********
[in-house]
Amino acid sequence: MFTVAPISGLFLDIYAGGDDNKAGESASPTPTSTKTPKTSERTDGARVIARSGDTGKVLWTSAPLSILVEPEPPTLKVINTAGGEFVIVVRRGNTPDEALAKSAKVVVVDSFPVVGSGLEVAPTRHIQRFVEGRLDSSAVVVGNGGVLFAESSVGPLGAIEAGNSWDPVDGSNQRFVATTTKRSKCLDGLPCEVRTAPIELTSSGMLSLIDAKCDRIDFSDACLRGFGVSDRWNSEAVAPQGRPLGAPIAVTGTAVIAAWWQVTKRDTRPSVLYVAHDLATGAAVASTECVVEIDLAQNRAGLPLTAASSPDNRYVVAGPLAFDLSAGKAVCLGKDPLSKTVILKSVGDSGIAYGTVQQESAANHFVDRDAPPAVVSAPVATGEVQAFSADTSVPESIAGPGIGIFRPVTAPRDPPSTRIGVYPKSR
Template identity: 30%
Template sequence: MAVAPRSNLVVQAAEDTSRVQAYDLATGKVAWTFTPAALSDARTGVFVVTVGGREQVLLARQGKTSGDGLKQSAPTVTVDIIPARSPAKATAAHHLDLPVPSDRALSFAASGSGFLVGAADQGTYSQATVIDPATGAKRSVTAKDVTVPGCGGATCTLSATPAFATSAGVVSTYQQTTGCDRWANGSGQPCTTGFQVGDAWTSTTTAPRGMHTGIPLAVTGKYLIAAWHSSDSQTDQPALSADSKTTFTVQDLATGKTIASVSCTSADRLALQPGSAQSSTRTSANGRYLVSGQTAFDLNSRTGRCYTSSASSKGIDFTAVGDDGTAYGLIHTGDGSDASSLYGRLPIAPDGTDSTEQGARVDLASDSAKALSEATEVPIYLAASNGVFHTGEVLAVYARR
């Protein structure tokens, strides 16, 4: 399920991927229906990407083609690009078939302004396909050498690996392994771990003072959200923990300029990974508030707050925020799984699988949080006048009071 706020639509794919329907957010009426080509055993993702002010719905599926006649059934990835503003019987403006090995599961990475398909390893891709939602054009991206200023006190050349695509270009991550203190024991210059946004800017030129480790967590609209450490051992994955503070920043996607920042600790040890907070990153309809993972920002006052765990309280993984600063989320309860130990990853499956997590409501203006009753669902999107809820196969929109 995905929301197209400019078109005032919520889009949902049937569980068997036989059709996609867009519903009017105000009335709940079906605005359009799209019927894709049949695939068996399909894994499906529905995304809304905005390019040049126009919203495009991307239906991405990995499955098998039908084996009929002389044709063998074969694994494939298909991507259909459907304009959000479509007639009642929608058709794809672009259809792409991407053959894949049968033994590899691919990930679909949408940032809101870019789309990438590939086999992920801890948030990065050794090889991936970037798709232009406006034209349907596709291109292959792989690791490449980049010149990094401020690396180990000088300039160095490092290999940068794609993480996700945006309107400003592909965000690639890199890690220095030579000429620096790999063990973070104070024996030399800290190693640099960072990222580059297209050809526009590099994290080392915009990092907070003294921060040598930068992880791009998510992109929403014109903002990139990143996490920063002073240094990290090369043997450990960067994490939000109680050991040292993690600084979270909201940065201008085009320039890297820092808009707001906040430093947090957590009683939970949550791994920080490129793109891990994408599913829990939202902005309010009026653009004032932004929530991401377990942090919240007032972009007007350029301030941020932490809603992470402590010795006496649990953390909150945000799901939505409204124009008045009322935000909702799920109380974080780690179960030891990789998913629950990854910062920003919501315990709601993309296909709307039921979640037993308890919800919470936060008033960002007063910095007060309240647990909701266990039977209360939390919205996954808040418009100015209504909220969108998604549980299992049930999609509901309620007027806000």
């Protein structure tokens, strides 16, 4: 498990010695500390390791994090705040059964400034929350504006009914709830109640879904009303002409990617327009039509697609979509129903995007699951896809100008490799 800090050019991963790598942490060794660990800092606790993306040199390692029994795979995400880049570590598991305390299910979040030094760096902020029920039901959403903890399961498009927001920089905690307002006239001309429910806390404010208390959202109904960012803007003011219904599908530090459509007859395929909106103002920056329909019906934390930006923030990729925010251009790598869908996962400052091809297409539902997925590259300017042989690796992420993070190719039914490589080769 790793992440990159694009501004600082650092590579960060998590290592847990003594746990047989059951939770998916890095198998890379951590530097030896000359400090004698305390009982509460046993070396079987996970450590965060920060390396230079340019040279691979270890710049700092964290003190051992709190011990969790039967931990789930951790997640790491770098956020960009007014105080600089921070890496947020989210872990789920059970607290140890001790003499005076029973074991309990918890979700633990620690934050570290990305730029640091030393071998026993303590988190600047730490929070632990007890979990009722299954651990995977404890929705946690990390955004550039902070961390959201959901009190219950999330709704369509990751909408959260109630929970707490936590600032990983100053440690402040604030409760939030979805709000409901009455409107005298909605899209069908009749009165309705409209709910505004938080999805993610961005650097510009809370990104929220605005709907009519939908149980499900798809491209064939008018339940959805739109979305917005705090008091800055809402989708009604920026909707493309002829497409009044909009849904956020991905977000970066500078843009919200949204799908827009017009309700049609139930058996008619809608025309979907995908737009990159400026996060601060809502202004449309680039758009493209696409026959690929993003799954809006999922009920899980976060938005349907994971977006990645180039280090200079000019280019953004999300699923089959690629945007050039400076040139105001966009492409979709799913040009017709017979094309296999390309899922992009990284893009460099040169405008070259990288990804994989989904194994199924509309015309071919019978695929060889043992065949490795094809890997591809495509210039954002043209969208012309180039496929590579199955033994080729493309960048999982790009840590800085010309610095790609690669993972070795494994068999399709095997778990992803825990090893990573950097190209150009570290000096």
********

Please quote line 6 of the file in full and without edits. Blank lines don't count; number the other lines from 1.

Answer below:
């Protein structure tokens, strides 16, 4: 498990010695500390390791994090705040059964400034929350504006009914709830109640879904009303002409990617327009039509697609979509129903995007699951896809100008490799 800090050019991963790598942490060794660990800092606790993306040199390692029994795979995400880049570590598991305390299910979040030094760096902020029920039901959403903890399961498009927001920089905690307002006239001309429910806390404010208390959202109904960012803007003011219904599908530090459509007859395929909106103002920056329909019906934390930006923030990729925010251009790598869908996962400052091809297409539902997925590259300017042989690796992420993070190719039914490589080769 790793992440990159694009501004600082650092590579960060998590290592847990003594746990047989059951939770998916890095198998890379951590530097030896000359400090004698305390009982509460046993070396079987996970450590965060920060390396230079340019040279691979270890710049700092964290003190051992709190011990969790039967931990789930951790997640790491770098956020960009007014105080600089921070890496947020989210872990789920059970607290140890001790003499005076029973074991309990918890979700633990620690934050570290990305730029640091030393071998026993303590988190600047730490929070632990007890979990009722299954651990995977404890929705946690990390955004550039902070961390959201959901009190219950999330709704369509990751909408959260109630929970707490936590600032990983100053440690402040604030409760939030979805709000409901009455409107005298909605899209069908009749009165309705409209709910505004938080999805993610961005650097510009809370990104929220605005709907009519939908149980499900798809491209064939008018339940959805739109979305917005705090008091800055809402989708009604920026909707493309002829497409009044909009849904956020991905977000970066500078843009919200949204799908827009017009309700049609139930058996008619809608025309979907995908737009990159400026996060601060809502202004449309680039758009493209696409026959690929993003799954809006999922009920899980976060938005349907994971977006990645180039280090200079000019280019953004999300699923089959690629945007050039400076040139105001966009492409979709799913040009017709017979094309296999390309899922992009990284893009460099040169405008070259990288990804994989989904194994199924509309015309071919019978695929060889043992065949490795094809890997591809495509210039954002043209969208012309180039496929590579199955033994080729493309960048999982790009840590800085010309610095790609690669993972070795494994068999399709095997778990992803825990090893990573950097190209150009570290000096």